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I'm writting an expect script to automate some tests. To detect when a general error occurs (which can happen at any phase of the test), instead of repeating the same pattern (for instance, "Rebooting system") on each expect command, I decided to use expect_background for that kind of condition.

What I understand about the expect_background command is that it is checked against all input text before the currently active expect. So, if both expect_background and expect are waiting for the same pattern, I expect (with the pun, please ;-) ) both actions to be triggered. For instance:

#!/usr/bin/expect -f

spawn ./counter.sh

expect_background {
  "5" { puts "expect-bg"; }
}

expect {
  "9" { puts "expect-9"; }
}

expect {
  "20" { puts "expect-20"; }
}

The ./counter.sh script counts from 1 to 20 with intervals of 1 second. According to the behavior I described above, "expect-bg" should be printed at 5 and 15, expect-9 at 9, and "expect-20" at 20. But here is what I get:

$ ./expect_bg.expect  
spawn ./counter.sh
1
2
3
4
5
expect-bg
6
7
8
9
10
11
12
13
14
15
expect-bg
16
17
18
19
20

Why is that happening? And how to I get the behavior described?

share|improve this question
    
According to the manual, doing an expect when an expect_background is unblocked does not work. (expect_background {pattern {if 0 {expect_background is blocked, you can use [expect] here}};if 0 {expect_background is unblocked, don't use [expect]}) – Johannes Kuhn Oct 21 '13 at 13:53
    
What does it mean an expect_background to be blocked/unblocked? – freitass Oct 21 '13 at 15:04
    
I suspect you want expect_before instead – glenn jackman Oct 21 '13 at 15:30
    
@glennjackman: Not quite. If I'm in a sleep, for instance, and the pattern appears, it won't be matched with expect_before. I need something "full time". – freitass Oct 21 '13 at 15:48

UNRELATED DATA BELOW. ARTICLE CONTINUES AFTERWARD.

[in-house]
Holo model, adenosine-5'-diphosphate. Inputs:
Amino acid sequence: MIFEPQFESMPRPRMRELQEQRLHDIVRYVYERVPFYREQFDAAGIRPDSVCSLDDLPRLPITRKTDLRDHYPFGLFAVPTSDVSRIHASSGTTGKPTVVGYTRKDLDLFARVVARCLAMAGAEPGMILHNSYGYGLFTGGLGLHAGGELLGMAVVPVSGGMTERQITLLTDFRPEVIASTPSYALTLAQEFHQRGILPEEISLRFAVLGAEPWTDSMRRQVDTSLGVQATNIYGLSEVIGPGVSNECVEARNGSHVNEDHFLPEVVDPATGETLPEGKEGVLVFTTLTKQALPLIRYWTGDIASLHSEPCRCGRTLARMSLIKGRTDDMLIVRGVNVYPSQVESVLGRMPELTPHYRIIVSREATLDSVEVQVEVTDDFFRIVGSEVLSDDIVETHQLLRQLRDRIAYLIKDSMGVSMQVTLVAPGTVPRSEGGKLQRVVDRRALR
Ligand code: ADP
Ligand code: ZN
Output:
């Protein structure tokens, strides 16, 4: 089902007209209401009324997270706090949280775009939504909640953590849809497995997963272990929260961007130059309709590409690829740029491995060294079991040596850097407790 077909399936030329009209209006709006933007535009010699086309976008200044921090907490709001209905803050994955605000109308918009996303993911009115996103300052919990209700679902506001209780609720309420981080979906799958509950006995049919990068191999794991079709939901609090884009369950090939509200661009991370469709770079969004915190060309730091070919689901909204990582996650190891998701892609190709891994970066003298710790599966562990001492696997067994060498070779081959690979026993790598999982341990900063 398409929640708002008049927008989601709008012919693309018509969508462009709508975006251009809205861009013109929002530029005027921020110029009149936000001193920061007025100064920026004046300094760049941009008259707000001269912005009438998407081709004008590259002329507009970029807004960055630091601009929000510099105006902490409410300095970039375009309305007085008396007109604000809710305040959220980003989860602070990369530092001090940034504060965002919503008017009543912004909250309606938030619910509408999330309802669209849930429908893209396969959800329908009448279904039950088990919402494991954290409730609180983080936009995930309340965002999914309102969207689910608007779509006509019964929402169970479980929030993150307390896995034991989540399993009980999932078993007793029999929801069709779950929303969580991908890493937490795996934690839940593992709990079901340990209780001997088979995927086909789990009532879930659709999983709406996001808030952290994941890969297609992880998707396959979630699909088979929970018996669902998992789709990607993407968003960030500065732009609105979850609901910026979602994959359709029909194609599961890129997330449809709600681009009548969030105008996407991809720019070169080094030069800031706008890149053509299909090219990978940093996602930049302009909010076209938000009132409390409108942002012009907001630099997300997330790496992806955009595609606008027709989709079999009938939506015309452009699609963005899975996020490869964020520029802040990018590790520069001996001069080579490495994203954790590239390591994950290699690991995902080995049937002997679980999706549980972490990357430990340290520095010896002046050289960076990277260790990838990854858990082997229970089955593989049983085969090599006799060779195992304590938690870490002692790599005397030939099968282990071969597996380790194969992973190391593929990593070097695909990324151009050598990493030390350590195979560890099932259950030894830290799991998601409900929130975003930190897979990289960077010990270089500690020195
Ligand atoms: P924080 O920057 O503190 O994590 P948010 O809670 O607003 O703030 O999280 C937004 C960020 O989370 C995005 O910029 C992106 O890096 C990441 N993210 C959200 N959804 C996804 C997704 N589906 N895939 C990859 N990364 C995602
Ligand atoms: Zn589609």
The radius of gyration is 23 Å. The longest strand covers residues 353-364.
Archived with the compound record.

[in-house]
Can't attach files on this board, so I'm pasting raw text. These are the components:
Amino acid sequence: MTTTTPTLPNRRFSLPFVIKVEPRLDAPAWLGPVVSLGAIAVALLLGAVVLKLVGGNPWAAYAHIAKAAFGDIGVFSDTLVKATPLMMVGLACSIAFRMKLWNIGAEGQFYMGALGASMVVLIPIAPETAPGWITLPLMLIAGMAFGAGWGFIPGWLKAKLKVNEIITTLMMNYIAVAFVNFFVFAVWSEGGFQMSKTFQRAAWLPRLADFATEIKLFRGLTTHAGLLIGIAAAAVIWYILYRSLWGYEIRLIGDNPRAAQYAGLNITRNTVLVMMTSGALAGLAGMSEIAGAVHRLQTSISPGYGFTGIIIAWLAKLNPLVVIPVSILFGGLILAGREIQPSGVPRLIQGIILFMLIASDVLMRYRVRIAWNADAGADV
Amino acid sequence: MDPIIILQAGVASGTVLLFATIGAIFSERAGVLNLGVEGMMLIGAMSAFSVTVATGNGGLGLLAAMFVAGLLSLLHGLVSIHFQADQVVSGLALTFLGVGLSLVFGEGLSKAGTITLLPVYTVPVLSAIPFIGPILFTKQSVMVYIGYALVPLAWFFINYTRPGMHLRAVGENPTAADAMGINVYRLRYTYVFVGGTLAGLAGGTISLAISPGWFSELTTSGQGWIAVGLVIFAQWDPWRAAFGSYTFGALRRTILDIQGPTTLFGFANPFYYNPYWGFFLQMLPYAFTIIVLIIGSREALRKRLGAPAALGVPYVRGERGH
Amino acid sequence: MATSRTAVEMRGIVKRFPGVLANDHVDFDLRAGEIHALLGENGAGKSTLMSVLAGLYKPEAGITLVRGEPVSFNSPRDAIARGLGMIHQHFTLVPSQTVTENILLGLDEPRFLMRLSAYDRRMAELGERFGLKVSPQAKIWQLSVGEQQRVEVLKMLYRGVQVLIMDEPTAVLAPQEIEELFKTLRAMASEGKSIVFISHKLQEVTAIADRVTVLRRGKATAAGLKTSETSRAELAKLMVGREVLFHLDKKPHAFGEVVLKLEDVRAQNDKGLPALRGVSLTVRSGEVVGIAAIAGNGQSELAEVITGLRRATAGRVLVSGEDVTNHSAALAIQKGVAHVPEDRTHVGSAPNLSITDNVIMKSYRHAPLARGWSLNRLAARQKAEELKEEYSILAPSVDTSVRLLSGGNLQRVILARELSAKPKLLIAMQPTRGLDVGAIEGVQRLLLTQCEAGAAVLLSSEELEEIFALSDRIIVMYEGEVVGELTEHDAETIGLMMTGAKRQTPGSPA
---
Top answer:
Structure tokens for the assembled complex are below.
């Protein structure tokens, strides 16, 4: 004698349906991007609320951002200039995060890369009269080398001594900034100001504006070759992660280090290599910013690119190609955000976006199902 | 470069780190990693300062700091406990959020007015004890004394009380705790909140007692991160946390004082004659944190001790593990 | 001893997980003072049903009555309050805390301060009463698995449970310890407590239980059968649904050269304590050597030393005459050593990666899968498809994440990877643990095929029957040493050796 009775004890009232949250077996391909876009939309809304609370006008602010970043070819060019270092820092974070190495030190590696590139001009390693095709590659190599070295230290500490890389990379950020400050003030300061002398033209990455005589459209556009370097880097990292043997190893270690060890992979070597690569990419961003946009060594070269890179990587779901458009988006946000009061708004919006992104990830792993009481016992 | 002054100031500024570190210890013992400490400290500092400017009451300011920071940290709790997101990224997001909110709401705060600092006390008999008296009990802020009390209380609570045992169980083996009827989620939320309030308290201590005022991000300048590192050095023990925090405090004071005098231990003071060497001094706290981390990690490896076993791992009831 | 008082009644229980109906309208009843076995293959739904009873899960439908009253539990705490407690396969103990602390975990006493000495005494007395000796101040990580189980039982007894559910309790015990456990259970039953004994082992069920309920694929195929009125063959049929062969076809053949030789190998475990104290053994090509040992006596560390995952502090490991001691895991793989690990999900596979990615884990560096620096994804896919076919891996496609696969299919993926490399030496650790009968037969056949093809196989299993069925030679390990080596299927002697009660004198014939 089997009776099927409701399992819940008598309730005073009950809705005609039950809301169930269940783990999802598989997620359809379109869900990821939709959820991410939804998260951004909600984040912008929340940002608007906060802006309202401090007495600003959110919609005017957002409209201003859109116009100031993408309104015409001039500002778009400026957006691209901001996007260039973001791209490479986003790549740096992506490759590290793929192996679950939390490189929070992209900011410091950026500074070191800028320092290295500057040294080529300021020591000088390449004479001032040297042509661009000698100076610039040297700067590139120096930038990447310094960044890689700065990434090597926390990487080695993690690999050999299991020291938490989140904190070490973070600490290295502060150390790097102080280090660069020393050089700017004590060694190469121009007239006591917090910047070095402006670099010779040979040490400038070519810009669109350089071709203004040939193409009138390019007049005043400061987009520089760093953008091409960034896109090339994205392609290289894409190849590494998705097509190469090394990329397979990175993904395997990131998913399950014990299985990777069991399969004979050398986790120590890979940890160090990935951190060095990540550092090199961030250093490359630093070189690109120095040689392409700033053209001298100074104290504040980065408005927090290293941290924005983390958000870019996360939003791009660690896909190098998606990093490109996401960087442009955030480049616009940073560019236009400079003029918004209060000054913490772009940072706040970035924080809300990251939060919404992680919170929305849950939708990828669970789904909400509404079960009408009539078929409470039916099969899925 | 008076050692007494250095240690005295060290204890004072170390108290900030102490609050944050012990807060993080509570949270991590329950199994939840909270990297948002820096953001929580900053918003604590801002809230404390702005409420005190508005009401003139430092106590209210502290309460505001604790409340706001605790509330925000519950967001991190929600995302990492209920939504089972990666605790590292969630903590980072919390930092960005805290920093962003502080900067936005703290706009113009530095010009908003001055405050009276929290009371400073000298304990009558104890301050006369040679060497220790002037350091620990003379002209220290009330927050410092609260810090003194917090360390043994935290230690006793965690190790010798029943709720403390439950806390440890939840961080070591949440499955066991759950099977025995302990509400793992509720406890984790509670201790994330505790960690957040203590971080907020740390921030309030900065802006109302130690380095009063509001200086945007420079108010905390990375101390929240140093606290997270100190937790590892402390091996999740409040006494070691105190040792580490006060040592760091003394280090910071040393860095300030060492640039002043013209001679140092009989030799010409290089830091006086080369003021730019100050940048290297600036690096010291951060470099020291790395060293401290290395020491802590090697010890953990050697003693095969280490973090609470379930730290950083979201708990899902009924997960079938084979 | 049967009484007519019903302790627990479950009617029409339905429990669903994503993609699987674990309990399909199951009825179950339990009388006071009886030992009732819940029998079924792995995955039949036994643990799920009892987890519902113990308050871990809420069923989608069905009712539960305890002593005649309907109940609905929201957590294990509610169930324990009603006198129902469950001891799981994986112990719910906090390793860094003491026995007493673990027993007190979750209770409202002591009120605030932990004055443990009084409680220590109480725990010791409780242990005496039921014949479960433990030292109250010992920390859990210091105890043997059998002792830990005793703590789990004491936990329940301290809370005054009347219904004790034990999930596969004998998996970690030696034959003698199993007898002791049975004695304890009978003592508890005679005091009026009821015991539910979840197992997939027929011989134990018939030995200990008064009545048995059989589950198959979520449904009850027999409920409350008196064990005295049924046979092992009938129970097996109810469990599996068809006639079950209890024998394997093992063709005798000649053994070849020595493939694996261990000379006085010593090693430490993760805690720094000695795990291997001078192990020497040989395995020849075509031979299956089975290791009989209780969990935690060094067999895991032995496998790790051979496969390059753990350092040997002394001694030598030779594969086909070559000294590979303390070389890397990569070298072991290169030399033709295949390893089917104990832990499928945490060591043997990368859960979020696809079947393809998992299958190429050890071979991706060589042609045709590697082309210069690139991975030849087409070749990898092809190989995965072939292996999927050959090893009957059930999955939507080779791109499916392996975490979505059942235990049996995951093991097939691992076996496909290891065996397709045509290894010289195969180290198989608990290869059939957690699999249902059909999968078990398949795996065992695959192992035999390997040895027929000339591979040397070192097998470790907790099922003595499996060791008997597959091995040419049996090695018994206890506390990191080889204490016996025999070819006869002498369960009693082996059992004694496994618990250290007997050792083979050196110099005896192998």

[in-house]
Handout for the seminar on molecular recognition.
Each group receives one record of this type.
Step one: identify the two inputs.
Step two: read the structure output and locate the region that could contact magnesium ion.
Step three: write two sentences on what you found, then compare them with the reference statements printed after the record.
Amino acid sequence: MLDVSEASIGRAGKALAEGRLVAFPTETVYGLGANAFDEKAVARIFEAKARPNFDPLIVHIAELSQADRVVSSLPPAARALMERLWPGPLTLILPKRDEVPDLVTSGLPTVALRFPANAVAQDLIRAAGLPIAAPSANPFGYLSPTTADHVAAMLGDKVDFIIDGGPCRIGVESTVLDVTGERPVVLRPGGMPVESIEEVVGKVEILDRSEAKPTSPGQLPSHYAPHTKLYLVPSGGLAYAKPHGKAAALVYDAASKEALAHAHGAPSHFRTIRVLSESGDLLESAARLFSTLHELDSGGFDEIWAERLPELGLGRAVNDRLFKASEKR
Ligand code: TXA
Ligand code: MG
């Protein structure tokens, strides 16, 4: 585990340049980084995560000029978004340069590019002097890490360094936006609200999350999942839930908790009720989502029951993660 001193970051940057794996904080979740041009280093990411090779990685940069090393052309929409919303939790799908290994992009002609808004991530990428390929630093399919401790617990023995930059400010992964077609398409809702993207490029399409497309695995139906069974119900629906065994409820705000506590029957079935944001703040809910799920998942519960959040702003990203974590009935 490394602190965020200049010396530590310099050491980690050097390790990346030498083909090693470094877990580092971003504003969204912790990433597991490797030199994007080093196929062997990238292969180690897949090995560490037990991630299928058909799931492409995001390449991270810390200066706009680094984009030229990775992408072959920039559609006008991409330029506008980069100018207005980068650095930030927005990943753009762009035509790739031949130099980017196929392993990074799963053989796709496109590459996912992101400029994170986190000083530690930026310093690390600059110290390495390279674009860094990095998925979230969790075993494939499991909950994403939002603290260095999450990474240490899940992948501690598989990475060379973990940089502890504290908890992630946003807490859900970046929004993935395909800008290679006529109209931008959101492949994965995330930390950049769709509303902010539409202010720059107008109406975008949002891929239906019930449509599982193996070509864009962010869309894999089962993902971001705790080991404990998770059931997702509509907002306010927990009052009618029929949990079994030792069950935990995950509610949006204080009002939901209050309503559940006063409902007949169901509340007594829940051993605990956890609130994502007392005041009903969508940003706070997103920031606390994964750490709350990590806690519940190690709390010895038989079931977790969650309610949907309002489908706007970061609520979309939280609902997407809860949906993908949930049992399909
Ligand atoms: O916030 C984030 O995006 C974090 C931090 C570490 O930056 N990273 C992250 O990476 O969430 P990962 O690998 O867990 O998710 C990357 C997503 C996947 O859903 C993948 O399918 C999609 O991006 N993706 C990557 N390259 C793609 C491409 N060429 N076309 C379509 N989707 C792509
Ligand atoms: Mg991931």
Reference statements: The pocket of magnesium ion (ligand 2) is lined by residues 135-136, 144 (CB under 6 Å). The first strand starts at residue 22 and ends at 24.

either use expect or expect_background, not both. A blocked expect_background is afaik if a pattern matched and the corresponding script is executed. – Johannes Kuhn Oct 21 '13 at 16:36

I can produce your desired output with expect_before and exp_continue

#!/usr/bin/expect -f
spawn sh counter.sh
expect_before {
    5 {puts "expect_before"; exp_continue}
}
expect {
    9 {puts "exp_9"}
}
expect {
    20 {puts "exp_20"}
}
$ expect counter.exp 
spawn sh counter.sh
1
2
3
4
5
expect_before
6
7
8
9
exp_9
10
11
12
13
14
15
expect_before
16
17
18
19
20
exp_20

When you have

expect_before {
    5 {puts "expect_before"; exp_continue}
}
expect {
    9 {puts "exp_9"}
}

you effectively have this:

expect {
    5 {puts "expect_before"; exp_continue}
    9 {puts "exp_9"}
}

If you omit the exp_continue, that expect statement ends with the first 5, so you never get a chance to look for 9.

share|improve this answer
    
Thanks for your answer. I tried your suggestion and it works for the given example. Unfortunately, for the real case it doesn't. imagine that, instead of printing "exp_9" the action for that expect command is to sleep for 10 seconds. For that little example your solution works because the monitored text fits in the 2000 bytes default buffer size, but for a real life log intensive application it doesn't. – freitass Oct 21 '13 at 17:34
    
Well, the sleep situation could be worked around with an expect + timeout but that's ugly and not 100% effective. – freitass Oct 21 '13 at 17:36

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